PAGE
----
Really loved the clues on SEX (21A: Masters focus) and ZONED (13D: Like a lot, maybe). Both of them stumped me, especially the latter.

      • 1A: Fiddlehead sources (FERNS) — one of the symbols of NZ, so I should know this. A "fiddlehead" is the "furled frond of a young fern" (wiki).
      • 25A: Dodgem feature (CAR) — I learned "dodgem" from a crossword puzzle long ago. I think it was a Word of the Day. So some things actually do stick.
      • 53A: "Mickey" singer Basil (TONI) — huge gimme. On heavy rotation I was an MTV-addicted youngster.

      • 60A: Roquefort source (EWE) — took me longer than it should have. Went looking for a French word (EAU? No). 
      • 62A: 1976 Rodgers and Harnick musical about Henry VIII ("REX") — saw the clue and thought "Damn, I know this. I wrote about it a few months back ... it's something short and weird ..."
      • 12D: Opera's Obraztsova (ELENA) — suitably Saturday. Better than the already-tired [Justice Kagan].
      • 25D: Roosevelt established it as Shangri-La (CAMP DAVID) — nice bit of trivia. Guessed it off the -VID.
      • 30D: Oberhausen opera highlight (ARIE) — German word for "ARIA?" Pretty terrible, though I gotta give some credit for trying to invent a new clue for this answer. OK, not *new* new, but certainly not common, i.e. not R&B singer India.___, not Racer Luyendyk.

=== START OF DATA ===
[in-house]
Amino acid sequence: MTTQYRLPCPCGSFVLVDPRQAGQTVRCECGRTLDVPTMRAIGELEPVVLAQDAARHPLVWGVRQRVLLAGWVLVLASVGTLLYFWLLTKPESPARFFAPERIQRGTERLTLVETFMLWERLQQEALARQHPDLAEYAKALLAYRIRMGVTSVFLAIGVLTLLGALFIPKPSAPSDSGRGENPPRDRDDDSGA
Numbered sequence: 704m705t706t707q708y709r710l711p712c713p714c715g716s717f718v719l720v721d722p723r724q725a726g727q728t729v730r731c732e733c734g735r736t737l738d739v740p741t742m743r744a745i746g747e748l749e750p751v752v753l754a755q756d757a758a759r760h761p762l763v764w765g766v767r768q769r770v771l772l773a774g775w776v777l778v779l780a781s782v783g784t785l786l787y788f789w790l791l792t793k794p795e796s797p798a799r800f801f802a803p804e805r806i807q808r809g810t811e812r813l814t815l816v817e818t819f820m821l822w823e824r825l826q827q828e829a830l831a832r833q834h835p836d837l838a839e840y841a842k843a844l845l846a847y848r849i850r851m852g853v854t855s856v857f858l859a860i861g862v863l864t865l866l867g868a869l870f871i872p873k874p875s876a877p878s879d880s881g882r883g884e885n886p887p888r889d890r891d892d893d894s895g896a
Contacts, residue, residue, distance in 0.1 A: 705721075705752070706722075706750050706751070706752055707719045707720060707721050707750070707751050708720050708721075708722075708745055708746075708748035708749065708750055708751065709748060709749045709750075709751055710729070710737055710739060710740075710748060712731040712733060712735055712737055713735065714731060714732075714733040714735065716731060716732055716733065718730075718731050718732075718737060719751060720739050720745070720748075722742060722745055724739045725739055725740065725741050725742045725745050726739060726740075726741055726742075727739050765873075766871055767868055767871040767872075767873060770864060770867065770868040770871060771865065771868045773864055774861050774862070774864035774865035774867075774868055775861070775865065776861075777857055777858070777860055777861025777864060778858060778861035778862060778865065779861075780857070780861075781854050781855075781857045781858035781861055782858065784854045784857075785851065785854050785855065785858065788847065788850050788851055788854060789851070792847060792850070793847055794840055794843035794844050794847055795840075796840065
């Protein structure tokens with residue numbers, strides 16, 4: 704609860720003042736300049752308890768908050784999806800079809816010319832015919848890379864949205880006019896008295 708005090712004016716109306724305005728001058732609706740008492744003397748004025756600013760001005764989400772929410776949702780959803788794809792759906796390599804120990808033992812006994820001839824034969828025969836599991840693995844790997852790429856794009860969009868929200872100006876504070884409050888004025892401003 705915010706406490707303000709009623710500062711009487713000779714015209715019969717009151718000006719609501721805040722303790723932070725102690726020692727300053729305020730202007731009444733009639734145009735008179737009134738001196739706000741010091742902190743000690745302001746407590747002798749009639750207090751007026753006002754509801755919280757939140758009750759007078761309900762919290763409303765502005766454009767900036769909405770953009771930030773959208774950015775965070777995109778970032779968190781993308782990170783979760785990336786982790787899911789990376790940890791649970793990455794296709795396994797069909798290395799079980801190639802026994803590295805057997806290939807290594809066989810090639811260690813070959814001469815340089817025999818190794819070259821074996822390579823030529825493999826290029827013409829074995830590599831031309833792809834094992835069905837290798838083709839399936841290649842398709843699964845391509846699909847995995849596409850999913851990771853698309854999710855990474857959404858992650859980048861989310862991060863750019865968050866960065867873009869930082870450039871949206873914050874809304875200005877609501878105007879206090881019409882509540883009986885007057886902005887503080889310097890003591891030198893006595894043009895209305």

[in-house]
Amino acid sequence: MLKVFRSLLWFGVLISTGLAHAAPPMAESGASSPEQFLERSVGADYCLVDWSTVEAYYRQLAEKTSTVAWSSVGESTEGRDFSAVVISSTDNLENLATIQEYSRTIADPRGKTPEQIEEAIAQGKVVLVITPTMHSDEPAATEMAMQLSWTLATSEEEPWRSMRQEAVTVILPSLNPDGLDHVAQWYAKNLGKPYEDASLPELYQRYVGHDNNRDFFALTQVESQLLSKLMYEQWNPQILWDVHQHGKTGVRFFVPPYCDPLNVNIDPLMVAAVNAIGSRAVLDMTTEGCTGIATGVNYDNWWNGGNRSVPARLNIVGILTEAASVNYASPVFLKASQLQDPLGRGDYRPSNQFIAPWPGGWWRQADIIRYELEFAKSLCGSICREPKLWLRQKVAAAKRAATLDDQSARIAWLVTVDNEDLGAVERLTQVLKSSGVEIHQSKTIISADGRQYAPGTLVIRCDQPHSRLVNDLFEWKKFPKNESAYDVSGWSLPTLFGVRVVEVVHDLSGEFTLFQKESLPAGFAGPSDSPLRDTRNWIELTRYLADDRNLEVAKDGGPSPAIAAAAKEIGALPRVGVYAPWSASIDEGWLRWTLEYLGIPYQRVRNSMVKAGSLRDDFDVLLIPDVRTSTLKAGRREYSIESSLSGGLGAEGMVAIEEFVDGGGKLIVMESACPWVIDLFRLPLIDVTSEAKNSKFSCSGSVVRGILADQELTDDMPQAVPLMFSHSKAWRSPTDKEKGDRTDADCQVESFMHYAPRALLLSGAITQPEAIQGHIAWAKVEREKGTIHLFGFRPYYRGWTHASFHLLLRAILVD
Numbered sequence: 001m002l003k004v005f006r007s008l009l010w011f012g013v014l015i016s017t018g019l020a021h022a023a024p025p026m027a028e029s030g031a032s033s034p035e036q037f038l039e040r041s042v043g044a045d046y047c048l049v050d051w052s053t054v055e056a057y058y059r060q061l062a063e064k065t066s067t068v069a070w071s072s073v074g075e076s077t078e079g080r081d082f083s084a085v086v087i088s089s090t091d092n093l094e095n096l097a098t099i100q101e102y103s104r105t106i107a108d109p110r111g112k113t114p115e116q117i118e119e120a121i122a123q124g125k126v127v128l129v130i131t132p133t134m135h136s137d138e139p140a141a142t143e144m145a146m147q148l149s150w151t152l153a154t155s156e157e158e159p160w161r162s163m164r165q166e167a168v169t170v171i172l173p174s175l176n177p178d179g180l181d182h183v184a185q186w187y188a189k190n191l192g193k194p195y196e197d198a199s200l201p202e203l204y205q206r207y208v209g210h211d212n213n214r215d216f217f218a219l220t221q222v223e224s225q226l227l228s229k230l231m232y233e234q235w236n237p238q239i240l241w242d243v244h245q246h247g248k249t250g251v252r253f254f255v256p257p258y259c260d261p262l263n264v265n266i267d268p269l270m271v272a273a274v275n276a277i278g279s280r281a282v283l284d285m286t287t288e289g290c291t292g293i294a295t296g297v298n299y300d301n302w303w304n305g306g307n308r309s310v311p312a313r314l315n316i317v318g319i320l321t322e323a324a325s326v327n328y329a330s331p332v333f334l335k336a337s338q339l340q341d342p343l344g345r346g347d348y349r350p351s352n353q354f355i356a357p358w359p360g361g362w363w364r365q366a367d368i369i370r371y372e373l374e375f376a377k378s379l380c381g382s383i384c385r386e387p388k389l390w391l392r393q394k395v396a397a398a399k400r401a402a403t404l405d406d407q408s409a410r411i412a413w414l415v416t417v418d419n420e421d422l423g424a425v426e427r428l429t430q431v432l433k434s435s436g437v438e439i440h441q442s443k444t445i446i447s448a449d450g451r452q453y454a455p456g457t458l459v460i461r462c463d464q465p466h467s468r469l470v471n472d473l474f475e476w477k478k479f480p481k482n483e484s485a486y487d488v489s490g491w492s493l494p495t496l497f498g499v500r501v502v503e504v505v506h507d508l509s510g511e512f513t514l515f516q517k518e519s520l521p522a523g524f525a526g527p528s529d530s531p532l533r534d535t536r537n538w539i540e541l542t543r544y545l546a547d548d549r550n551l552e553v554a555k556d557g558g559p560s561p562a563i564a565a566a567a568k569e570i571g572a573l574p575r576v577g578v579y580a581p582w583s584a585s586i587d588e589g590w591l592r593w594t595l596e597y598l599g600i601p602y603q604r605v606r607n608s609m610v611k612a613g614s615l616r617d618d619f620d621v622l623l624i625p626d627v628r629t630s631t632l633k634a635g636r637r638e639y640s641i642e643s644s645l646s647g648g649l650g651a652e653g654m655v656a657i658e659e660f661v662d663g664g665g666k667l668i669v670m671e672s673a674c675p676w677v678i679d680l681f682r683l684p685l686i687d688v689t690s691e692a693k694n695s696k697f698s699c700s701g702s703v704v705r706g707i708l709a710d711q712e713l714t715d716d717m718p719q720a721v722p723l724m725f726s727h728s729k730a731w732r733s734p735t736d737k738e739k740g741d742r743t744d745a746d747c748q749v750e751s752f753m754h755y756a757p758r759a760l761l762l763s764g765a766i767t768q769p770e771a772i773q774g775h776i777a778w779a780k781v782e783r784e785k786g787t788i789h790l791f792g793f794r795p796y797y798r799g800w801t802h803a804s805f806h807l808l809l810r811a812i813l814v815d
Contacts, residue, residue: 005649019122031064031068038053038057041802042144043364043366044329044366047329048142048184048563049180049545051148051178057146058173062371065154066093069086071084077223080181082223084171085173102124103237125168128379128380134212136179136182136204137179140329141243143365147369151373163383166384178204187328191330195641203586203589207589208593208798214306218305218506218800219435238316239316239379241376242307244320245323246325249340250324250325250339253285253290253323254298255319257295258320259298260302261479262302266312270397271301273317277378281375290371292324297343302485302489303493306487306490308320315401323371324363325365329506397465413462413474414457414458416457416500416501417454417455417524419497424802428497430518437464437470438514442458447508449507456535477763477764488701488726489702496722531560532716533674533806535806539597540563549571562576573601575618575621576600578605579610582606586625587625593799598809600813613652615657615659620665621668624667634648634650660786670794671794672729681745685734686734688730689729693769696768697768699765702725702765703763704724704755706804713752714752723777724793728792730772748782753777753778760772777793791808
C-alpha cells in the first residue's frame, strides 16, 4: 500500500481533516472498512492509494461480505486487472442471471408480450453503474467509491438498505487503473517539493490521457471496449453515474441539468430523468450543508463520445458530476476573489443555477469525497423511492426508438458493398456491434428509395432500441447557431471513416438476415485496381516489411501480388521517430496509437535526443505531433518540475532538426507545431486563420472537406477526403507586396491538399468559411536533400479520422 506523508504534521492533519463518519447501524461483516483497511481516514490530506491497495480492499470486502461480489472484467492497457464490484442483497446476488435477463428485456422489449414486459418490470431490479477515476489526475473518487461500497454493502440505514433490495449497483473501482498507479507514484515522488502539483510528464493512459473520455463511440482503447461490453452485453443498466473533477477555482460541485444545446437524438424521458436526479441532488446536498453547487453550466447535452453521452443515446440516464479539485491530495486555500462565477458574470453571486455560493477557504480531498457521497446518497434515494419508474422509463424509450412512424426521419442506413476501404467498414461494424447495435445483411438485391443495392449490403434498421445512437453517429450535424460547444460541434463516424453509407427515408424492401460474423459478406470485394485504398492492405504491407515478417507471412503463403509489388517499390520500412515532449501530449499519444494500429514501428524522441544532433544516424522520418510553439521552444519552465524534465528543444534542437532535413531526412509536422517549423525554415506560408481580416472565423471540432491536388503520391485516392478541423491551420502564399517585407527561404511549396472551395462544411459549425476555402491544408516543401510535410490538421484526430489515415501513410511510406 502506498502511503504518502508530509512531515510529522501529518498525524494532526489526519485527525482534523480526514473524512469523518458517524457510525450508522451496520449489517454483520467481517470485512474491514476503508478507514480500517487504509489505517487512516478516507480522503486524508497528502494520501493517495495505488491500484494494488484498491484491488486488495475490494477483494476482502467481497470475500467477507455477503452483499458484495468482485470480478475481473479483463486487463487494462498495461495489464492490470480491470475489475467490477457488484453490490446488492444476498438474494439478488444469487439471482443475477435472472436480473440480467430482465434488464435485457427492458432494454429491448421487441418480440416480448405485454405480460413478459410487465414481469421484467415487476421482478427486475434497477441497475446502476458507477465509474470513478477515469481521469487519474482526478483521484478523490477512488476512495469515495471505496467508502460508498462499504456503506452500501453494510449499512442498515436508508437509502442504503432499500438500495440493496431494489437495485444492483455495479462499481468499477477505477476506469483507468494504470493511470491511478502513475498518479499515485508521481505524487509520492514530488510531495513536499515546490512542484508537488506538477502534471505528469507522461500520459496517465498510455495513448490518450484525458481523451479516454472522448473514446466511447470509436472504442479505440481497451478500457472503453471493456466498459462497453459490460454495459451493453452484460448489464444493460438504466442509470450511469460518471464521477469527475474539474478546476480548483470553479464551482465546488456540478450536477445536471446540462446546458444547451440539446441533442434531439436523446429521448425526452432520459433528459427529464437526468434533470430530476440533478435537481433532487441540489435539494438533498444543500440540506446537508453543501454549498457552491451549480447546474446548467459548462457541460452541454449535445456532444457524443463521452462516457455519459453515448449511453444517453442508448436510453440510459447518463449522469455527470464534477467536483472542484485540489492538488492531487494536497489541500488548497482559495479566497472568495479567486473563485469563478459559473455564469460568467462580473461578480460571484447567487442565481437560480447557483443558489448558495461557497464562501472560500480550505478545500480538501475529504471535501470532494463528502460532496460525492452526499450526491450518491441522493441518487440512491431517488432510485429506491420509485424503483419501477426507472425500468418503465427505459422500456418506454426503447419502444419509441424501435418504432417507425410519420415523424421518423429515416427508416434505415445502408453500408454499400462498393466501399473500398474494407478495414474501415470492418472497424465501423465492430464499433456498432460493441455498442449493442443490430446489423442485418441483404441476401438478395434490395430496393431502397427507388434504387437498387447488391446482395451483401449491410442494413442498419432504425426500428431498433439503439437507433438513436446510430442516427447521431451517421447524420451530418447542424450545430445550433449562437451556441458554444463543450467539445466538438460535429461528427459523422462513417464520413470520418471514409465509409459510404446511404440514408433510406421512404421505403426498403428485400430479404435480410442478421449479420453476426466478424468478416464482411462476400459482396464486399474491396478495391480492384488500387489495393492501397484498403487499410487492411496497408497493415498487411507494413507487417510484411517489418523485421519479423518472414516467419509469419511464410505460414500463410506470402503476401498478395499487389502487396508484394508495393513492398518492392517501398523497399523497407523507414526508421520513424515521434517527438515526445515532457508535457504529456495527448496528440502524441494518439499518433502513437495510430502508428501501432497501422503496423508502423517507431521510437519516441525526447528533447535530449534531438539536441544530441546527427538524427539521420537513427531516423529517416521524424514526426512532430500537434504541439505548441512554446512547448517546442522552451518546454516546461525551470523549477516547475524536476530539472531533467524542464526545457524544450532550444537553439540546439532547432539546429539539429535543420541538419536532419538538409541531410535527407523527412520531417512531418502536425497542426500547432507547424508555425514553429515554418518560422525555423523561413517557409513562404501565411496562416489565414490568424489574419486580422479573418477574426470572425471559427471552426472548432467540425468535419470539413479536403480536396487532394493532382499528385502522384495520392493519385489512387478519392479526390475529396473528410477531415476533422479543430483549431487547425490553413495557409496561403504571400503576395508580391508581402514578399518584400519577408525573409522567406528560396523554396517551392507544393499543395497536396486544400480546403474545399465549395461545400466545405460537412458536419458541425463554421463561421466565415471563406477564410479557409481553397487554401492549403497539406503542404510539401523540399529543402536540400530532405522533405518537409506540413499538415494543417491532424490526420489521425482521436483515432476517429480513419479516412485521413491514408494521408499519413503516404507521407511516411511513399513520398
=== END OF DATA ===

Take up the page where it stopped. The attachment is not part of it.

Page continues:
• 48D: Golden Pavilion setting (KYOTO) — My first thought was "isn't that a supermarket chain in southern California?" (it's just "Pavilions"). On geographical ignorance, see also [Seti river setting] = NEPAL.
      Signed, Rex Parker, King of CrossWorld


      Bourbon enemy / FRI 1-20-12 / 1997 film with song Tupelo Honey / Head nurse on Scrubs / North American home 30,000 islands / What dickey simulates / Inventor given gold medal by Titanic survivors

      Friday, January 20, 2012

      Constructor: Patrick Berry

      Relative difficulty: Easy-Medium

      THEME: none

      Word of the Day: BITT (5A: Mooring post on a ship)
      A vertical post, usually one of a pair, set on the deck of a ship and used to secure ropes or cables. 
      tr.v. bitt·ed, bitt·ing, bitts
      To wind (a cable) around a bitt. (
      • • •